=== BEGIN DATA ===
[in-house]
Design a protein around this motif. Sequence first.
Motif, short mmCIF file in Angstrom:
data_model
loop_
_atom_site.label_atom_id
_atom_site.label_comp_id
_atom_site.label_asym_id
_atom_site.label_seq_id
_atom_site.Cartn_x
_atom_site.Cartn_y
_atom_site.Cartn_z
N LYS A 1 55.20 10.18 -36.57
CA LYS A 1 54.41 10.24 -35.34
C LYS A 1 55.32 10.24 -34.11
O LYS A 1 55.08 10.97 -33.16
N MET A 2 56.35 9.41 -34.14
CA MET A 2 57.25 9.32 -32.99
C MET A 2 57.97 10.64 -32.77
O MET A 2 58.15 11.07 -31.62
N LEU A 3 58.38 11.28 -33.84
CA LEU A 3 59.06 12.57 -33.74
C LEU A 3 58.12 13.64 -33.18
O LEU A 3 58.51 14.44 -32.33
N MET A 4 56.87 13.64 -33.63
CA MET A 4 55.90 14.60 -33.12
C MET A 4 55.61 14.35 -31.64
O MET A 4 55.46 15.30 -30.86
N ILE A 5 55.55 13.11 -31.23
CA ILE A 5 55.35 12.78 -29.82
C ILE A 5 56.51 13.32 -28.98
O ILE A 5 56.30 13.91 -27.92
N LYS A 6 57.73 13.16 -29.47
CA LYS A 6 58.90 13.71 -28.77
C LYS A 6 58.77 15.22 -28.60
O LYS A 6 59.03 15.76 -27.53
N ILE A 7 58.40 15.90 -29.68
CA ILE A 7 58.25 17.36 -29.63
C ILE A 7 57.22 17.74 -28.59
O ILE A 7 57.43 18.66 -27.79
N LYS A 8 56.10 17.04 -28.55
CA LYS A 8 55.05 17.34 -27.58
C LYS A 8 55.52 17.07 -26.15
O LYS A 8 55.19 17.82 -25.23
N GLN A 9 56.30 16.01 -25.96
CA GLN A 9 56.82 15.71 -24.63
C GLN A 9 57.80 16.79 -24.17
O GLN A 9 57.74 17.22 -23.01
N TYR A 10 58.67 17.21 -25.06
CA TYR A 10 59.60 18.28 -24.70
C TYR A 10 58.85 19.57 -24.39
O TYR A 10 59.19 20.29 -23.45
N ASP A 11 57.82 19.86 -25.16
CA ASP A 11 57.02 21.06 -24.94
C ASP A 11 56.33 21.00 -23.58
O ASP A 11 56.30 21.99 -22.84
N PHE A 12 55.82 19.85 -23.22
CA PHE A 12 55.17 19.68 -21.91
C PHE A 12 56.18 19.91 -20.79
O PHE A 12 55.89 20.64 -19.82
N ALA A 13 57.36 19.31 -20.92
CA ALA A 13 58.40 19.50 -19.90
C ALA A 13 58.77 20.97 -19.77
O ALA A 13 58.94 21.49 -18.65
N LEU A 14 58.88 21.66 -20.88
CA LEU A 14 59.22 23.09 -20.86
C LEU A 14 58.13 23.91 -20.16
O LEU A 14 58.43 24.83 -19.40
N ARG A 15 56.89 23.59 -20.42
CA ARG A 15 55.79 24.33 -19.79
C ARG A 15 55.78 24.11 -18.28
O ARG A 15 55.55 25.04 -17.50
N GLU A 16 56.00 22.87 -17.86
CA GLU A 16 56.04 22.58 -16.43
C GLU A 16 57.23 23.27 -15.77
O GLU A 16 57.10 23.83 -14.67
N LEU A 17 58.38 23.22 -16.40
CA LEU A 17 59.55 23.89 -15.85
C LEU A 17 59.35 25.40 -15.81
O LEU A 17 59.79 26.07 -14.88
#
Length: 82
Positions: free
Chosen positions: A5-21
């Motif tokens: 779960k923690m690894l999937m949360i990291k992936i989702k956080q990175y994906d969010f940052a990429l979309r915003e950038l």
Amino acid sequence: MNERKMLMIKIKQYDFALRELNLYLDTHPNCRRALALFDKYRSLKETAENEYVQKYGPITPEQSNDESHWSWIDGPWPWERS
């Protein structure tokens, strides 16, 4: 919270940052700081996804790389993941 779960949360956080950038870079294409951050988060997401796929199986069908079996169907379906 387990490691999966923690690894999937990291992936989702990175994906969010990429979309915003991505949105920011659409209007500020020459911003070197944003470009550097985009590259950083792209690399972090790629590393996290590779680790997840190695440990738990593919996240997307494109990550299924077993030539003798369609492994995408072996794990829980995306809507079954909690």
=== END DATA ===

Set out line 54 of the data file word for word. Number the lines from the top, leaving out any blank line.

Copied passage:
CA ASP A 11 57.02 21.06 -24.94